The measuring range of a gantry CMM varies from 1x2x1m XYZ to 4x10x3m XYZ, and it is possible to have even larger, custom made units built.
There are many significant advantages of Gantry CMMs over the conventional Bridge cmm. It is far safer to load heavy parts as they can be loaded directly on the floor. Access for the programmer is easier meaning programming is made much simpler. It is easy to insert surface plates for smaller components, which makes measurements less time consuming for the operator.
Of course, there are some disadvantages to a Gantry CMM as well. The cost of building a foundation is significantly higher. A Gantry CMM is not portable, and they take up a lot of space.
Gantry CMMs are particularly prevalent in the aerospace industry due to the large size of components that still require an extremely high degree of accuracy.
All Eley Metrology Gantry CMMs are custom built. We can create a bespoke design to suit your requirements and business demands.
Horizontal Arm CMM
The design of a Horizontal Arm CMM means that they are useful when measuring large surfaces or difficult to reach features.
There are two basic types of Horizontal Arm CMMs. The plate mounted version, where the column is mounted on a large surface plate. While some are top mounted, most are side mounted as it is a far more accurate and stable way to get the desired measurements.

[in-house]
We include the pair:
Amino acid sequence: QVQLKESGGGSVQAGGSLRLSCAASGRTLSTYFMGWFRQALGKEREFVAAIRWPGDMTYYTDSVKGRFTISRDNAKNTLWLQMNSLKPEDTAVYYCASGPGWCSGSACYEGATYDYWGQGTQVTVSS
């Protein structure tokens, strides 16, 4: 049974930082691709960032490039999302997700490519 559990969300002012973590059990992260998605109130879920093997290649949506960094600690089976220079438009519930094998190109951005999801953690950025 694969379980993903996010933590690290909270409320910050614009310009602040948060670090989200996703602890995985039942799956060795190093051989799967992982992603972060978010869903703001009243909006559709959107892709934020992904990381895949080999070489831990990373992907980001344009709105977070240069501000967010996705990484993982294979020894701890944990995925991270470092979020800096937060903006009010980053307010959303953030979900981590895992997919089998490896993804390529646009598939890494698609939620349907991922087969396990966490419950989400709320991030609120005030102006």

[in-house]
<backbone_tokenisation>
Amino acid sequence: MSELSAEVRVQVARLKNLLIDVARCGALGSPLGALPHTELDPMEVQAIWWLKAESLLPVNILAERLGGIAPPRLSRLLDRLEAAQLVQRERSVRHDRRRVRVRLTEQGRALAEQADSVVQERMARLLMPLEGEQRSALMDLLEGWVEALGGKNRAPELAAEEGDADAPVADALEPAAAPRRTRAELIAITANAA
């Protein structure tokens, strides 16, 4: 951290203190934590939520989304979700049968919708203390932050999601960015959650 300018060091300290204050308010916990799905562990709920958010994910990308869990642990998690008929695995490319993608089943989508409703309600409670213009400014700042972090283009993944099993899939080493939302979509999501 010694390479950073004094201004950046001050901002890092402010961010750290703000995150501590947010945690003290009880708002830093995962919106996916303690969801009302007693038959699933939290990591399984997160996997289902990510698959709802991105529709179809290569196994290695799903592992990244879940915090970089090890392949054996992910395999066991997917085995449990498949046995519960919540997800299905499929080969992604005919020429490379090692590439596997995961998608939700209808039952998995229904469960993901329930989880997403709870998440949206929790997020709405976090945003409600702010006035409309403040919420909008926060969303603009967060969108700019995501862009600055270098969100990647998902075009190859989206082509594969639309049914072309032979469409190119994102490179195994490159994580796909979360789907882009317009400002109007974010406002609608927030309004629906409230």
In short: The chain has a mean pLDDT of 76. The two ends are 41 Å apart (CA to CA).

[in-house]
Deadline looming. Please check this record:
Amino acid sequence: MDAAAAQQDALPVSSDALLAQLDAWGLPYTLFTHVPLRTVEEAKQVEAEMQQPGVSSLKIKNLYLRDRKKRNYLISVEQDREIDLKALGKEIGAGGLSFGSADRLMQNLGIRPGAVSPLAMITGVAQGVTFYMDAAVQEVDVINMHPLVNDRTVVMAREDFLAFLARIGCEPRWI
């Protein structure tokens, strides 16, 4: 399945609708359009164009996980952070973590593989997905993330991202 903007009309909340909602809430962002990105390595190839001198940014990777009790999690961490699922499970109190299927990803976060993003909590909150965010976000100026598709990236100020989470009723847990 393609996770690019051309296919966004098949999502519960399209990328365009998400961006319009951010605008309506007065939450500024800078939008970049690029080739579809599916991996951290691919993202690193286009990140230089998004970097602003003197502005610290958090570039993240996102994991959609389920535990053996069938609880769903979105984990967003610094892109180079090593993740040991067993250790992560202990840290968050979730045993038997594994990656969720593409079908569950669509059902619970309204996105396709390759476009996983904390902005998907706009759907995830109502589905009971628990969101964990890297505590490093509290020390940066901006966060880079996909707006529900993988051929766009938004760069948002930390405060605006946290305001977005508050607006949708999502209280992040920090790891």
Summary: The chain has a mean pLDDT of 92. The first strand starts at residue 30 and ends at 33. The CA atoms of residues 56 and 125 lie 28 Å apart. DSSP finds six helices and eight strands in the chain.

The other version is a runway mounted CMM that runs on a dedicated beam with no integral plate. The top mounted design provides maximum flexibility for measuring large components. The dual arm allows for both sides of an object to be measured simultaneously.
Although the horizontal arm CMMs are the least accurate of the four types, they are the best for measuring large thin-walled/sheet metal type components. When measuring large components requiring ope tolerances, the horizontal arm is by far the most cost-effective.
The Eley Metrology Crown Windley series of Horizontal Arm CMMs represent state of the art technology that can be used for inspection, quality control or quality assurance. We can also build custom made, bespoke designs where required.
The main application for our Crown Windley Horizontal Arm CMM is DCC layout and measurement of large castings and fabrications, pressings, automotive panels and patterns, digitising of patterns, moulds and automotive panels including body in white and scale and full-size models.
A major source of error in metrology is human error, caused by personnel using measurement devices incorrectly. A coordinate measuring machine significantly reduces the risk of mistakes and greatly increases the level of accuracy.
Generally speaking, Cantilever CMMs are often the most accurate but are the least flexible. Bridge and Gantry CMMs have good accuracy and are semi-flexible. Horizontal Arm CMMs offer the least accuracy but the most flexibility. However, the level of accuracy on all types of coordinate measuring machine is still far higher than it would be without one, making production much more cost effective.